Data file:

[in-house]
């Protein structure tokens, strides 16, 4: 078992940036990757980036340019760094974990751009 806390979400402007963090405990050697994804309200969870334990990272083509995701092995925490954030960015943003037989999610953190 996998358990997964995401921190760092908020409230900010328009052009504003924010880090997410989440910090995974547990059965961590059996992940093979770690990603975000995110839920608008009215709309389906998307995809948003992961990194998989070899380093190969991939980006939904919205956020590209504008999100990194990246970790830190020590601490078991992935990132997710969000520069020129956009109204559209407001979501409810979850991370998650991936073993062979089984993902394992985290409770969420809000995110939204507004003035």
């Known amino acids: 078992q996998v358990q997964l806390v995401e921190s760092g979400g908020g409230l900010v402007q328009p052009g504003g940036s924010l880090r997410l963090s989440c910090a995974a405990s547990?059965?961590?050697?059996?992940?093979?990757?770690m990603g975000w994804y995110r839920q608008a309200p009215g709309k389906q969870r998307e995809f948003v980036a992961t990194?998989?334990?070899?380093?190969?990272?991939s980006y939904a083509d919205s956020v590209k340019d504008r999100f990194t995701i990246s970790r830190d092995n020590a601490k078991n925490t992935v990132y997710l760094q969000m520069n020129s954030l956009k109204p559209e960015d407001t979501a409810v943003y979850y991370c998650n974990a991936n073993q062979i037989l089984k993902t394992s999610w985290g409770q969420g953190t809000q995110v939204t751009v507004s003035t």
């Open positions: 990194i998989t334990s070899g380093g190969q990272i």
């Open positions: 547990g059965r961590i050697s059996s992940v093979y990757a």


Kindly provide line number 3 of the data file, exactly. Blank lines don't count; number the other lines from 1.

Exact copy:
């Known amino acids: 078992q996998v358990q997964l806390v995401e921190s760092g979400g908020g409230l900010v402007q328009p052009g504003g940036s924010l880090r997410l963090s989440c910090a995974a405990s547990?059965?961590?050697?059996?992940?093979?990757?770690m990603g975000w994804y995110r839920q608008a309200p009215g709309k389906q969870r998307e995809f948003v980036a992961t990194?998989?334990?070899?380093?190969?990272?991939s980006y939904a083509d919205s956020v590209k340019d504008r999100f990194t995701i990246s970790r830190d092995n020590a601490k078991n925490t992935v990132y997710l760094q969000m520069n020129s954030l956009k109204p559209e960015d407001t979501a409810v943003y979850y991370c998650n974990a991936n073993q062979i037989l089984k993902t394992s999610w985290g409770q969420g953190t809000q995110v939204t751009v507004s003035t």